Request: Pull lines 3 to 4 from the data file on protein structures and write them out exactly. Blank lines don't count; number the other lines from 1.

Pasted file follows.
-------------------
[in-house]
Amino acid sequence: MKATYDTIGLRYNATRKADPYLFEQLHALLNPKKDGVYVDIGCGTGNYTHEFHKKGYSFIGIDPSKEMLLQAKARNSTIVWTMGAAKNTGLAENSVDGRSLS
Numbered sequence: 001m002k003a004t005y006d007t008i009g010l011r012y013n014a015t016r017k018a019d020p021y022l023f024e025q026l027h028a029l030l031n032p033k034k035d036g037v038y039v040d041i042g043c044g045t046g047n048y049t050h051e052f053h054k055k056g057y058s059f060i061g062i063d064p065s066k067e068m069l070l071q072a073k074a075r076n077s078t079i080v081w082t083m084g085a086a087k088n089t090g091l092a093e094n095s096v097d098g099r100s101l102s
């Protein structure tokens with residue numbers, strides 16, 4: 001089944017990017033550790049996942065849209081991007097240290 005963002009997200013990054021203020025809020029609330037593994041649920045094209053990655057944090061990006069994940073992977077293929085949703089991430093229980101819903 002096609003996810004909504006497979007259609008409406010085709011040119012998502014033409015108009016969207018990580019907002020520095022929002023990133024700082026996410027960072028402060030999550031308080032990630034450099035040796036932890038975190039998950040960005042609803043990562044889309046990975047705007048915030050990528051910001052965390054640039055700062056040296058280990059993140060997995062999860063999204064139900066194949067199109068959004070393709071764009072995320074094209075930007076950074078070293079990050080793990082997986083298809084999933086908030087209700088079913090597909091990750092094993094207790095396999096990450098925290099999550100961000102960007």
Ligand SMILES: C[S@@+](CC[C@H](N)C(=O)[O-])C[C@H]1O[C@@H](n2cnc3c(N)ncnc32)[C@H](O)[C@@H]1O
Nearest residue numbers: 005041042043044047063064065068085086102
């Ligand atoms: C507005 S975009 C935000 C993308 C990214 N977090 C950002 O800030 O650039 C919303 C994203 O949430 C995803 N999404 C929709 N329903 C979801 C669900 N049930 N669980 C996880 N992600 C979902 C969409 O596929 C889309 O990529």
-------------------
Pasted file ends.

Numbered sequence: 001m002k003a004t005y006d007t008i009g010l011r012y013n014a015t016r017k018a019d020p021y022l023f024e025q026l027h028a029l030l031n032p033k034k035d036g037v038y039v040d041i042g043c044g045t046g047n048y049t050h051e052f053h054k055k056g057y058s059f060i061g062i063d064p065s066k067e068m069l070l071q072a073k074a075r076n077s078t079i080v081w082t083m084g085a086a087k088n089t090g091l092a093e094n095s096v097d098g099r100s101l102s
């Protein structure tokens with residue numbers, strides 16, 4: 001089944017990017033550790049996942065849209081991007097240290 005963002009997200013990054021203020025809020029609330037593994041649920045094209053990655057944090061990006069994940073992977077293929085949703089991430093229980101819903 002096609003996810004909504006497979007259609008409406010085709011040119012998502014033409015108009016969207018990580019907002020520095022929002023990133024700082026996410027960072028402060030999550031308080032990630034450099035040796036932890038975190039998950040960005042609803043990562044889309046990975047705007048915030050990528051910001052965390054640039055700062056040296058280990059993140060997995062999860063999204064139900066194949067199109068959004070393709071764009072995320074094209075930007076950074078070293079990050080793990082997986083298809084999933086908030087209700088079913090597909091990750092094993094207790095396999096990450098925290099999550100961000102960007």